Today we visited RAF Cosford for a coffee on our way to another place. I always like to see what is around and today we spotted the Avro 707c out in the fresh air.
This was the last of 4 prototypes to evaluate the wing configuration for the Vulcan bomber. The first one flew from RAF Waddington in July of 1953 (707a) a second 707a was built to modify the aerodynamics and a third (707b) was built to evaluate the air intakes and air scoop.
This aircraft was built as a two seater and it is essentially a 1/3 scale aerodynamic model of the Vulcan prototype. It was a treat to walk around this aeroplane as it is seldom seen in the open air.
This was the resulting aircraft - a Vulcan B2. I photographed this one at RAF Finningley during the September 1973 airshow. These aircraft were part of the nuclear strike force at that time.
This Black and White image is of a Vulcan on the quick reaction pan at the end of the main runway at RAF Finningley in late 1973. This photograph was taken with a Russian built Zenith E camera using Kodak ASA 1000 Film.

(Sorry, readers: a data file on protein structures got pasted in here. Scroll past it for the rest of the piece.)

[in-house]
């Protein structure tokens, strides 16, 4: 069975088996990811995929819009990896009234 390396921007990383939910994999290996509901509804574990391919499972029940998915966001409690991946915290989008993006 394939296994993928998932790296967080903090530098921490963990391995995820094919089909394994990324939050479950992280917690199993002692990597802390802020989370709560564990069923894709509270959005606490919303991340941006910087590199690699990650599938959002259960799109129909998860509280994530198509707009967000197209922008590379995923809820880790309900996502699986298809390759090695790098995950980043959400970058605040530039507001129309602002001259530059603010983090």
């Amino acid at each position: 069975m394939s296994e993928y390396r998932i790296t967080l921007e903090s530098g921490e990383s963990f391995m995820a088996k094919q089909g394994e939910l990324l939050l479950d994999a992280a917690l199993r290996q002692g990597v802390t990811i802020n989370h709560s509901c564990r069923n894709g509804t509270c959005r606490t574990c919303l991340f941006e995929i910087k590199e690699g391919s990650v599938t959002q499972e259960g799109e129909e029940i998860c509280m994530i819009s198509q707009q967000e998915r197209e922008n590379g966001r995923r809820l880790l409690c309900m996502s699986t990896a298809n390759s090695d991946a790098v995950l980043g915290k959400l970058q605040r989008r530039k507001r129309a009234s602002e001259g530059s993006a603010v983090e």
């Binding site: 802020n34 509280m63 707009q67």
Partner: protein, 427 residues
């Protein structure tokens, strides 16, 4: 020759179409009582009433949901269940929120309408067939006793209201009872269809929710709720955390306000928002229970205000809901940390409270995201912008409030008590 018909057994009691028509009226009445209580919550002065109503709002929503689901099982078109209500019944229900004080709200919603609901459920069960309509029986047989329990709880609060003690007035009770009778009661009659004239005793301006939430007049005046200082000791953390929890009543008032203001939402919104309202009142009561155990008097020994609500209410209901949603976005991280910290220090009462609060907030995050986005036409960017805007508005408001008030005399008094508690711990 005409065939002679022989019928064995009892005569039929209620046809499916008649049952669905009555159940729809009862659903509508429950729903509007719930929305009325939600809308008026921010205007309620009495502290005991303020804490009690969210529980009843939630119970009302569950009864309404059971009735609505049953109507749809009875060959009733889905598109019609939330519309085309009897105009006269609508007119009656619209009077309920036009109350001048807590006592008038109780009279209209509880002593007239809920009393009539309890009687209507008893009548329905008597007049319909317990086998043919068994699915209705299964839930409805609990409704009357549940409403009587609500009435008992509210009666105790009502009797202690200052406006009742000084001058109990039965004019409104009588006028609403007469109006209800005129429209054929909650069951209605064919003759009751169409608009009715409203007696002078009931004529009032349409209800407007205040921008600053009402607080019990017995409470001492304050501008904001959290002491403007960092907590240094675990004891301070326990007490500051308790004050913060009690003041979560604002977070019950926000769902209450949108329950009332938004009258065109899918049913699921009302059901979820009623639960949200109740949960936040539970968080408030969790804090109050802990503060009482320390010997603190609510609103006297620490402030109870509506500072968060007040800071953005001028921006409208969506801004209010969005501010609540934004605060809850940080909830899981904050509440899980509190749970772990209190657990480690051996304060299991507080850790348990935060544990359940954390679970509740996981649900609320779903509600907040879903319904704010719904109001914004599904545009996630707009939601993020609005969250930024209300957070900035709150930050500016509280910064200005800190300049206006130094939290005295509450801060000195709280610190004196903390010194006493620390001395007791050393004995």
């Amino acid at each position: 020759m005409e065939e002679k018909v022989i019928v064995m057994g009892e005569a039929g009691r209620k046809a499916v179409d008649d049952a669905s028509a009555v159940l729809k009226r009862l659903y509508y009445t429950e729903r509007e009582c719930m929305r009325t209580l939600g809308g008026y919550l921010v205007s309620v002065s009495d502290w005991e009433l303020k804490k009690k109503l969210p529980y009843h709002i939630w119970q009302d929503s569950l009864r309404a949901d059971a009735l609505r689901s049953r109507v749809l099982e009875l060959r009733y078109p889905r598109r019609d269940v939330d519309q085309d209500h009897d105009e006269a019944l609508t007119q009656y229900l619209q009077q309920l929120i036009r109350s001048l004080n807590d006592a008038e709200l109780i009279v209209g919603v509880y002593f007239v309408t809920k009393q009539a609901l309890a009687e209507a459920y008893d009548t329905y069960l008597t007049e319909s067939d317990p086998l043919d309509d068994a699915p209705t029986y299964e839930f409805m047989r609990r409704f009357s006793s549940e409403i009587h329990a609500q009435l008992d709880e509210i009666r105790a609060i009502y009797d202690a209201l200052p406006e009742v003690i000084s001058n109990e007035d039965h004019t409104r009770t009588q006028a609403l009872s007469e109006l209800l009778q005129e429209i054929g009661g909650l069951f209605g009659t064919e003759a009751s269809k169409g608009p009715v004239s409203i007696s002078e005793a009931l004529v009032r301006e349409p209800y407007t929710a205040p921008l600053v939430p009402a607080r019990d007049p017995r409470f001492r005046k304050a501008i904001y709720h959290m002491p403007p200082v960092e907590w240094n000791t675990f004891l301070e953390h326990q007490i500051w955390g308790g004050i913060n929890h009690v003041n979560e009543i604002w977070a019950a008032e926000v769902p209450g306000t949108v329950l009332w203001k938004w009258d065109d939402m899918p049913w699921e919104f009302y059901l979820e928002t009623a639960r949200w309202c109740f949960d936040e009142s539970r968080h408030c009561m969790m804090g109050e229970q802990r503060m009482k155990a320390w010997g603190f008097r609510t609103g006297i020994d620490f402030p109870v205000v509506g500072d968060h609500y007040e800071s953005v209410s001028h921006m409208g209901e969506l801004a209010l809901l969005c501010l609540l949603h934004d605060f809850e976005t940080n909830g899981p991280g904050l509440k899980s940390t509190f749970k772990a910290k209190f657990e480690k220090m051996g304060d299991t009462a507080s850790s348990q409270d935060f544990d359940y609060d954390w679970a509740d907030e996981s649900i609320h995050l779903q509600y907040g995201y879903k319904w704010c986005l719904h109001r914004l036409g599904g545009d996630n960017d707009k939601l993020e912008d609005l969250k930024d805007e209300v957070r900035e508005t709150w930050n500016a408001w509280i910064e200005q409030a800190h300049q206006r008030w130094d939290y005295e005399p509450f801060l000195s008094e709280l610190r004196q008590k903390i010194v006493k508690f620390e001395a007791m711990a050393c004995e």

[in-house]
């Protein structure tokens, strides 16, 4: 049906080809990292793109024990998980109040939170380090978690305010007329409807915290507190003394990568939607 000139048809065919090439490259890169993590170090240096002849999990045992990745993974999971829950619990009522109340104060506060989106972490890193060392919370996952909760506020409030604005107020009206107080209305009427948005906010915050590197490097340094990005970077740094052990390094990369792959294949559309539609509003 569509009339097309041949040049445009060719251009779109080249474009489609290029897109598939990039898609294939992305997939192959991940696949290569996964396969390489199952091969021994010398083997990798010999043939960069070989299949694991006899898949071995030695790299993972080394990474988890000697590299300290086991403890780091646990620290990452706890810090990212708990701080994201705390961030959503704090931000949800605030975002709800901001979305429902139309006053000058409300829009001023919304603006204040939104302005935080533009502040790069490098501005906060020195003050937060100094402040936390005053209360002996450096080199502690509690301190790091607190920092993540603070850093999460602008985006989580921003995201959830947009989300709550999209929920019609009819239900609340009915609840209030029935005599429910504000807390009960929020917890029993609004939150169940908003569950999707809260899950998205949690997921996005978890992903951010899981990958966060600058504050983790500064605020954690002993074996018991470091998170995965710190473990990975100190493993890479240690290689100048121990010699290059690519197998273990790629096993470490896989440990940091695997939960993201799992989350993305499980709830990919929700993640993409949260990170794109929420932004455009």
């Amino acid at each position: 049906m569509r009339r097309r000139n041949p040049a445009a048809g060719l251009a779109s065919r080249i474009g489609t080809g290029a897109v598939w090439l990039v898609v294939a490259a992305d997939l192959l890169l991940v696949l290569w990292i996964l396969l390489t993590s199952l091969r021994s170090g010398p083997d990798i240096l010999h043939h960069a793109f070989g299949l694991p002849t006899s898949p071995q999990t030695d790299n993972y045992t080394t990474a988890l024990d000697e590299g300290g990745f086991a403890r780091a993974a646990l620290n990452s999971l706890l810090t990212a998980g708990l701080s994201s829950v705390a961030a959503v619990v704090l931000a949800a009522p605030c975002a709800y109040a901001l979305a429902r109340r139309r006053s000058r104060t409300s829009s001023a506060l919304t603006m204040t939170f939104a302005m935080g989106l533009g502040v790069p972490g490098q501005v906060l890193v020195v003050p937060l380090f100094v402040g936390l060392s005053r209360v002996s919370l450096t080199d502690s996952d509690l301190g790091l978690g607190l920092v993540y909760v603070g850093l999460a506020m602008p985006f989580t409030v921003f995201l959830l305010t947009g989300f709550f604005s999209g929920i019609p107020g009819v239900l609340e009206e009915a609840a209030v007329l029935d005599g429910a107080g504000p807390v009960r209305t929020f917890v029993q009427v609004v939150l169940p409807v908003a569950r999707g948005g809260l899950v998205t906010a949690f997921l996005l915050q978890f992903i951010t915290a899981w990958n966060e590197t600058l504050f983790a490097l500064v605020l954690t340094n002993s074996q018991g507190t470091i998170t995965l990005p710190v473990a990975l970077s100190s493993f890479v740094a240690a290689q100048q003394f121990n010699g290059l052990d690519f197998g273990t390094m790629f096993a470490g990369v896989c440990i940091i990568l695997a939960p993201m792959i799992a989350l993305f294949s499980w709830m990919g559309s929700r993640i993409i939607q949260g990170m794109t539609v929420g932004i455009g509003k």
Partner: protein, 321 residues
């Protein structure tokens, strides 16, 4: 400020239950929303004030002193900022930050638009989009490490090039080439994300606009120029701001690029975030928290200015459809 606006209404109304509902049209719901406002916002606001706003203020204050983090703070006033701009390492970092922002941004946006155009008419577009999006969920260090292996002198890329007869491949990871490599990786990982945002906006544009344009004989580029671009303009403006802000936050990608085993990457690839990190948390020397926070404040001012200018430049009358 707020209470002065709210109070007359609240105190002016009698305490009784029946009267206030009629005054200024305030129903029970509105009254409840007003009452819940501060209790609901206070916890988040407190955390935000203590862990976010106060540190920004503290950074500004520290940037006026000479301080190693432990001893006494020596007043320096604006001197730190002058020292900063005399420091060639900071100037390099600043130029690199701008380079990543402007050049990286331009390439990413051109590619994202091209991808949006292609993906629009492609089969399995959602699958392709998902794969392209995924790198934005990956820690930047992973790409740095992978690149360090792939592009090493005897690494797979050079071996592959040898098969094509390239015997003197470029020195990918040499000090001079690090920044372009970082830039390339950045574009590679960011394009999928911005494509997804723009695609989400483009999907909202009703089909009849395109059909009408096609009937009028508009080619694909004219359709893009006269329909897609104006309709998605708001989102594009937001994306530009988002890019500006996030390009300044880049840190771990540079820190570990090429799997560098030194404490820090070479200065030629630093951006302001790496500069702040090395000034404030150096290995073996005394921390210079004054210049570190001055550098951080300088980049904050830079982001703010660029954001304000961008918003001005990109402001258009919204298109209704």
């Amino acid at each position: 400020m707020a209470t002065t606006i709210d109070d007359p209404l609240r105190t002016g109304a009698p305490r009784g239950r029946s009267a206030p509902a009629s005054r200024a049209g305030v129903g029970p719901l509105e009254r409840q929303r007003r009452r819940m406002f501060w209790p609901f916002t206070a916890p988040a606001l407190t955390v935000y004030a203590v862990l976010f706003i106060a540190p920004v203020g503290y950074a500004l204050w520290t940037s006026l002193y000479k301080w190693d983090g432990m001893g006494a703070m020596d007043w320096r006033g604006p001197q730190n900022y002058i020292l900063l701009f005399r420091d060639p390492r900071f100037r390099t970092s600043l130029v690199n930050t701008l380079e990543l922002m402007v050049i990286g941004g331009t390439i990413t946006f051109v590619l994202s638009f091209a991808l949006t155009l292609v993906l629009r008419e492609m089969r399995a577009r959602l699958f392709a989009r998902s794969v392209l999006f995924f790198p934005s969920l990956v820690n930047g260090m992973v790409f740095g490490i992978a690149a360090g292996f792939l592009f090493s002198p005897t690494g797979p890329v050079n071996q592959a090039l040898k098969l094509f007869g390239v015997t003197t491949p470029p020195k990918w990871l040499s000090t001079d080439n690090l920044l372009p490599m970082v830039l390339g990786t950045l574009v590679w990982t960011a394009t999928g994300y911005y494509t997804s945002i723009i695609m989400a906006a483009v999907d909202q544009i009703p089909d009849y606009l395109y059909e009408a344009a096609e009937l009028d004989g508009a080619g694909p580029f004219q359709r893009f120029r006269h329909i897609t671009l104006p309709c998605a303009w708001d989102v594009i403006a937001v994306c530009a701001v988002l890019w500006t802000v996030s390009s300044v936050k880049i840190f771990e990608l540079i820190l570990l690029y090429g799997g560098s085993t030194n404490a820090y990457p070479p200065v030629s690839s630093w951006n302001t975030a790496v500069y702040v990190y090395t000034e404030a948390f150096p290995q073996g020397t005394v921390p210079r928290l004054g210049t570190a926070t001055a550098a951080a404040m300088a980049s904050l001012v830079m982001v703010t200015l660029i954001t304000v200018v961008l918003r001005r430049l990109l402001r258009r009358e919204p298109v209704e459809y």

These pictures are from 1975 when the Vulcans were still the main attack bomber in the RAF. They had a crew of 5 and only the pilot and co-pilot had ejector seats. The technical crew had the entry hatch under the nose section through which to escape. I ran out of Kodachrome film and had to take this picture using Orwochrome film, a cheap Czech import which produced a yellow/green bloom and a very grainy image. Photoshop has rescued it a bit.
The Vulcan was a noisy aircraft and the roar of the 4 Olympus engines is a distinctive sound that is not easily forgotten. This bomber could climb at a rate better than some of the early jet fighters and it was strong and powerful enough to roll and loop - something that earlier bombers could not do.
Alas - it was a big and easy target for modern missiles, so its battle advantage was short lived, but when it went into service it was a world beating design.